Executive Edge: Statistics make the world work better
Whether you’re a modern supermarket shopper or a subsistence farmer in an impoverished nation, statistics profoundly affect your life. And with ongoing advances in high performance computing and the explosion of data, statistics will remain a positive social influence around the globe.
By Jim Goodnight
Hal Varian, Google’s chief economist, says that statistician is the sexy job of the coming decade. I think he’s behind — using statistics has been the sexy job of the last 30 years. It’s just taken awhile for organizations to catch on. Statistics underpin many cost-effective efforts to reduce preventable deaths, make the economy run smoother, fight fraud, improve education and please customers.
Statisticians have been around for a long time, helping tabulate population and economic data, but it took the growth of high-performance computing to effect real change. Computing power dramatically improved the ability to analyze data in innovative ways — revealing discoveries that are difficult, if not impossible, to compute manually.
Shoppers who receive a fistful of coupons for favorite brands at the checkout can thank statisticians for lowering their grocery bill. Ditto if your favorite Web site functions like a personal shopper, suggesting items you might buy. Companies can now rapidly comb through data in real time to present personalized offers, coupons and Web specials. This helps both consumer and company. An example: Catalina Marketing, a consumer packaged goods marketing company, mines 250 million customer transactions weekly to predict consumer interests. The result: Instead of getting offers at the grocery checkout that don’t relate to your life (like cat food coupons for someone allergic to cats), Catalina and statistics ensure you get discounts for products that you actually might try.
Not only do statistics improve commerce, they also help make the world a better place. The same statistical software used by Catalina is distributed by Statistics Norway to distressed countries such as Uganda, Moldova and Albania to help better analyze their population, housing and income data. Using statistical software, developing nations can analyze this data, map the analysis results, identify their people’s most pressing needs, and share the results with government and nongovernment organizations to better target assistance.
Here in the United States, statistics helps reduce the staggering cost of health care and helps people stay healthier. The Dartmouth Atlas Project uses powerful statistical tools to analyze Medicare data to show that quantity of care in a patient’s dying days doesn’t produce quality care — it just produces a big bill. The project’s analysis sparked important discussions among physicians, policymakers and the public about whether high-cost treatments at end of life are humane or necessary.
At Maine Medical Center, staff created data dashboards that make it easy to measure everything from hand washing compliance to whether a congestive heart patient is offered a flu vaccination. Among measureable benefits, it’s helped them dramatically drop the rate of hospital-acquired infections and ensure that all heart failure patients receive evidence-supported care. With statistics, Maine Medical now measures new methods for taking care of stroke patients to lower complications — and lower cost.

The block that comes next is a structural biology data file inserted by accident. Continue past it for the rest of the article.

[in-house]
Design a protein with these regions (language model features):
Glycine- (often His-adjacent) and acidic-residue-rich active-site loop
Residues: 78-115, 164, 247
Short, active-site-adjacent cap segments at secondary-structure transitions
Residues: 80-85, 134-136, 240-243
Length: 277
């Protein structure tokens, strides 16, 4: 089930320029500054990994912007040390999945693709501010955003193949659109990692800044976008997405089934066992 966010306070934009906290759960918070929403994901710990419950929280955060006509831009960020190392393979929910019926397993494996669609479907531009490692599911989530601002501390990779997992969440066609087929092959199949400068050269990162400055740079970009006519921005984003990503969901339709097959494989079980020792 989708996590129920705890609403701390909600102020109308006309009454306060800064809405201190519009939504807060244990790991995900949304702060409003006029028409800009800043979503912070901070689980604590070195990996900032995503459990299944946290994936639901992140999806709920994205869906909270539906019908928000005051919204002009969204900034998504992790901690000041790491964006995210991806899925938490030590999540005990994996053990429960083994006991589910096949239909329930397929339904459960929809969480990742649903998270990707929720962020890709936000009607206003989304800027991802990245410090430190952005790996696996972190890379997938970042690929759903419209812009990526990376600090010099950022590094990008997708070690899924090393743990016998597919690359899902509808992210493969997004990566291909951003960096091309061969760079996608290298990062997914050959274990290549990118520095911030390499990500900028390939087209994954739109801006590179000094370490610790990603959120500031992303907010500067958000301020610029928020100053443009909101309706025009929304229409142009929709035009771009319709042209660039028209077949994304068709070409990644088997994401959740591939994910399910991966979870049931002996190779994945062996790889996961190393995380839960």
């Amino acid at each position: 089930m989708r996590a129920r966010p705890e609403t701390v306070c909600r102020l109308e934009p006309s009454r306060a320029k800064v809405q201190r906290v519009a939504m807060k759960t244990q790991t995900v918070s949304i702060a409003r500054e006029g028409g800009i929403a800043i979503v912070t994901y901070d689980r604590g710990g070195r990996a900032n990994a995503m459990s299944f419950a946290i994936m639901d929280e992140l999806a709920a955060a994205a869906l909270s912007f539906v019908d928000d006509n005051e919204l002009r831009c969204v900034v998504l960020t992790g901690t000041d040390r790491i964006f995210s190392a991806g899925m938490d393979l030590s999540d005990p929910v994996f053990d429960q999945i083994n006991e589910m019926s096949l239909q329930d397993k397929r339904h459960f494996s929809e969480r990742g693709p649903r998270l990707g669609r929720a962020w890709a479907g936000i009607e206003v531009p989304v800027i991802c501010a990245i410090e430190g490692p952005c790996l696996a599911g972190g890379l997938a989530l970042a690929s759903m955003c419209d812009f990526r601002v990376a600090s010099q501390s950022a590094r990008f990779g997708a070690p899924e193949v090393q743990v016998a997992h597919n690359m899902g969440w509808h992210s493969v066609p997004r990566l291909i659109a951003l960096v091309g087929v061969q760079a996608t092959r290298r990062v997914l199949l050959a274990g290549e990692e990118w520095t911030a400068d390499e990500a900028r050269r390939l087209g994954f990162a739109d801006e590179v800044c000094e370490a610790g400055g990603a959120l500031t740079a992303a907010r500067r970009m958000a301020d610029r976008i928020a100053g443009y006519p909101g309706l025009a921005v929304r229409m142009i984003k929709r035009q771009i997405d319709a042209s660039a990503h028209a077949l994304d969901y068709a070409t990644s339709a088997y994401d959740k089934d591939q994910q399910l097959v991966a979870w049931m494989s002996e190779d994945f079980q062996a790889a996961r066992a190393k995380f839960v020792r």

The Clinton Health Access Initiative (CHAI) is another example of statistics working for the public good. This nonprofit worked with a Caribbean clinic contemplating a costly expansion to care for growing numbers of patients. Using statistics, CHAI found that redesigning existing clinic space could serve more patients without additional building. CHAI has also used statistics to help emerging nations overcome concerns that concentrating on specific illnesses like HIV/AIDs or malaria, even with donated medicine, drains resources from other pressing health problems. CHAI models showed countries how to step up treatment plans without overwhelming existing capacity. One model helped an African nation understand how nurses could manage most routine HIV/AIDS treatment, freeing up doctors to concentrate on other services.
The University of North Carolina uses statistical discovery to study emissions data as part of its effort to become climate neutral by 2050. Researchers analyze statistics on greenhouse gas data and graphically display the analysis so that patterns “just visually pop out,” according to a researcher. One conclusion was that nearly 90 percent of greenhouse emissions result from energy used in campus buildings, a discovery that has already yielded improved energy performance.
Whether you’re a modern supermarket shopper or a subsistence farmer in an impoverished nation, statistics profoundly affect your life. And with ongoing advances in high-performance computing and the explosion of data, statistics will remain a positive social influence around the globe. I’d venture to say that statistician could be the sexy job of the century. ‚ùô
Jim Goodnight is founder and CEO of SAS (www.sas.com). Headquartered in Cary, N.C., SAS has provided analytical software for 34 years and is recognized as an industry leader. SAS is used at more than 45,000 sites, including 92 of the top 100 companies on the 2009 FORTUNE Global 500 list. Goodnight holds a Ph.D. in statistics from North Carolina State University. Another version of this article appeared in the Jan. 13 issue of Statistical Analysis and Data Mining under the headline, “The forecast for predictive analytics: hot and getting hotter.” Copyright SAS.